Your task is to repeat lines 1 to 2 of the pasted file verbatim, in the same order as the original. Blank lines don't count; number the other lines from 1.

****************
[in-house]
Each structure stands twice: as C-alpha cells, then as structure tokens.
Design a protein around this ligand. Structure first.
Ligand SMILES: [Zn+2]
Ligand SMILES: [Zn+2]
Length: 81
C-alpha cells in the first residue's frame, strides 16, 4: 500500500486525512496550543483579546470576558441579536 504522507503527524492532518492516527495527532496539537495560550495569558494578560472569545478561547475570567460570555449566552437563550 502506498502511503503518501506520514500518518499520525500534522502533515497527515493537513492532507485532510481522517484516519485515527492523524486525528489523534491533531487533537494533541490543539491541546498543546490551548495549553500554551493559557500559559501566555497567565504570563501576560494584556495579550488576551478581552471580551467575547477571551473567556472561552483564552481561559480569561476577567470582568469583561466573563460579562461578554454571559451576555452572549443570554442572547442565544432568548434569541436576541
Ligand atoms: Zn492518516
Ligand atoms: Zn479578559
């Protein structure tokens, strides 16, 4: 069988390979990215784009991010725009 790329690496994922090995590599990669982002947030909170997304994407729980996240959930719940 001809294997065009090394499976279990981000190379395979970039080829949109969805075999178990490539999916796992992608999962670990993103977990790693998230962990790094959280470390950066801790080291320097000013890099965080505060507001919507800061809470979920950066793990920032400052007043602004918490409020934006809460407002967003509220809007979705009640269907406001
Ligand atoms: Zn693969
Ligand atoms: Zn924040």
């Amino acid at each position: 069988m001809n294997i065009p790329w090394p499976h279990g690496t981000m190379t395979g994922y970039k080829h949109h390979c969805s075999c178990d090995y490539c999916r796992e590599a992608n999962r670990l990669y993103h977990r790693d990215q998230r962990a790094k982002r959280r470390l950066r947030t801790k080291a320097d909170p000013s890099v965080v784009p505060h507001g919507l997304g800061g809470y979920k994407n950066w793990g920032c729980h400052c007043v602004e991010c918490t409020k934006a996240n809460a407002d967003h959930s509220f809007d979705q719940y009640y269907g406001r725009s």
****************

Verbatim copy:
[in-house]
Each structure stands twice: as C-alpha cells, then as structure tokens.